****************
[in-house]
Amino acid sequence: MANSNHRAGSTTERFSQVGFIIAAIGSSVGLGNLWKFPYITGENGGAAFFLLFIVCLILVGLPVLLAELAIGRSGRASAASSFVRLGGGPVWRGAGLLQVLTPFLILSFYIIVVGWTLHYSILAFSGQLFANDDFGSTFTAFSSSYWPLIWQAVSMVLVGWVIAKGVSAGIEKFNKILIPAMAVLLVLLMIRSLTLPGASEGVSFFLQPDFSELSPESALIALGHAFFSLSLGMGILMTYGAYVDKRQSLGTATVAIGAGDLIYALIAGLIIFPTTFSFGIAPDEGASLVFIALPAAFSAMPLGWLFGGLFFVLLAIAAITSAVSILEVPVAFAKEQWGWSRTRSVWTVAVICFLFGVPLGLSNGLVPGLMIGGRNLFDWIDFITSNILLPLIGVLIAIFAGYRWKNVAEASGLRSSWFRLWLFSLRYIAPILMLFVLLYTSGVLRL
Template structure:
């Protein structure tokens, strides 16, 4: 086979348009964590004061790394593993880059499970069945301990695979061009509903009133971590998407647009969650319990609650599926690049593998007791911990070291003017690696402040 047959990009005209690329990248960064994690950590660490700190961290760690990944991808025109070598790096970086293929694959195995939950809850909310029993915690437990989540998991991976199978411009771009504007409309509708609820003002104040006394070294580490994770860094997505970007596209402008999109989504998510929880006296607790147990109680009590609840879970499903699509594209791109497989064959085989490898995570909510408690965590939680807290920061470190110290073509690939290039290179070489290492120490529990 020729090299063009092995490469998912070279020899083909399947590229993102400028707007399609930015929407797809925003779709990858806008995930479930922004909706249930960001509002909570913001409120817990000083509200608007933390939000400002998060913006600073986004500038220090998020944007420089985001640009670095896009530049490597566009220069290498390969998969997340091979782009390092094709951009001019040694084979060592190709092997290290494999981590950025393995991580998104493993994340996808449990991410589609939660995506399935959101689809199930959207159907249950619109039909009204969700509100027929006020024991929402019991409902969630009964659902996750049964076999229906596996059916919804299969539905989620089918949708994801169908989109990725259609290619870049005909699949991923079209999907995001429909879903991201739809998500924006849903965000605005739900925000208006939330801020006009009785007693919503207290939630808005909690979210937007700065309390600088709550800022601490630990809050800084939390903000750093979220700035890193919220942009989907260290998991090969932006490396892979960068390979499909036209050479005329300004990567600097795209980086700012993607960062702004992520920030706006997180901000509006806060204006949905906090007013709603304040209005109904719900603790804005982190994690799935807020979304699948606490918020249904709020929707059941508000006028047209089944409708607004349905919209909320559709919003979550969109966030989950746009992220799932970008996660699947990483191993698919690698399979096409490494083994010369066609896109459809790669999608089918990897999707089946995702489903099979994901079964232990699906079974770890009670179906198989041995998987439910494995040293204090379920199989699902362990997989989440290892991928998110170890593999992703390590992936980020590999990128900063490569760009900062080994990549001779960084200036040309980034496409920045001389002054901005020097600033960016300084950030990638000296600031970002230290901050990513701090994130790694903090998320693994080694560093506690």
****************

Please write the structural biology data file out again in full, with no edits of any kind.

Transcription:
[in-house]
Amino acid sequence: MANSNHRAGSTTERFSQVGFIIAAIGSSVGLGNLWKFPYITGENGGAAFFLLFIVCLILVGLPVLLAELAIGRSGRASAASSFVRLGGGPVWRGAGLLQVLTPFLILSFYIIVVGWTLHYSILAFSGQLFANDDFGSTFTAFSSSYWPLIWQAVSMVLVGWVIAKGVSAGIEKFNKILIPAMAVLLVLLMIRSLTLPGASEGVSFFLQPDFSELSPESALIALGHAFFSLSLGMGILMTYGAYVDKRQSLGTATVAIGAGDLIYALIAGLIIFPTTFSFGIAPDEGASLVFIALPAAFSAMPLGWLFGGLFFVLLAIAAITSAVSILEVPVAFAKEQWGWSRTRSVWTVAVICFLFGVPLGLSNGLVPGLMIGGRNLFDWIDFITSNILLPLIGVLIAIFAGYRWKNVAEASGLRSSWFRLWLFSLRYIAPILMLFVLLYTSGVLRL
Template structure:
């Protein structure tokens, strides 16, 4: 086979348009964590004061790394593993880059499970069945301990695979061009509903009133971590998407647009969650319990609650599926690049593998007791911990070291003017690696402040 047959990009005209690329990248960064994690950590660490700190961290760690990944991808025109070598790096970086293929694959195995939950809850909310029993915690437990989540998991991976199978411009771009504007409309509708609820003002104040006394070294580490994770860094997505970007596209402008999109989504998510929880006296607790147990109680009590609840879970499903699509594209791109497989064959085989490898995570909510408690965590939680807290920061470190110290073509690939290039290179070489290492120490529990 020729090299063009092995490469998912070279020899083909399947590229993102400028707007399609930015929407797809925003779709990858806008995930479930922004909706249930960001509002909570913001409120817990000083509200608007933390939000400002998060913006600073986004500038220090998020944007420089985001640009670095896009530049490597566009220069290498390969998969997340091979782009390092094709951009001019040694084979060592190709092997290290494999981590950025393995991580998104493993994340996808449990991410589609939660995506399935959101689809199930959207159907249950619109039909009204969700509100027929006020024991929402019991409902969630009964659902996750049964076999229906596996059916919804299969539905989620089918949708994801169908989109990725259609290619870049005909699949991923079209999907995001429909879903991201739809998500924006849903965000605005739900925000208006939330801020006009009785007693919503207290939630808005909690979210937007700065309390600088709550800022601490630990809050800084939390903000750093979220700035890193919220942009989907260290998991090969932006490396892979960068390979499909036209050479005329300004990567600097795209980086700012993607960062702004992520920030706006997180901000509006806060204006949905906090007013709603304040209005109904719900603790804005982190994690799935807020979304699948606490918020249904709020929707059941508000006028047209089944409708607004349905919209909320559709919003979550969109966030989950746009992220799932970008996660699947990483191993698919690698399979096409490494083994010369066609896109459809790669999608089918990897999707089946995702489903099979994901079964232990699906079974770890009670179906198989041995998987439910494995040293204090379920199989699902362990997989989440290892991928998110170890593999992703390590992936980020590999990128900063490569760009900062080994990549001779960084200036040309980034496409920045001389002054901005020097600033960016300084950030990638000296600031970002230290901050990513701090994130790694903090998320693994080694560093506690």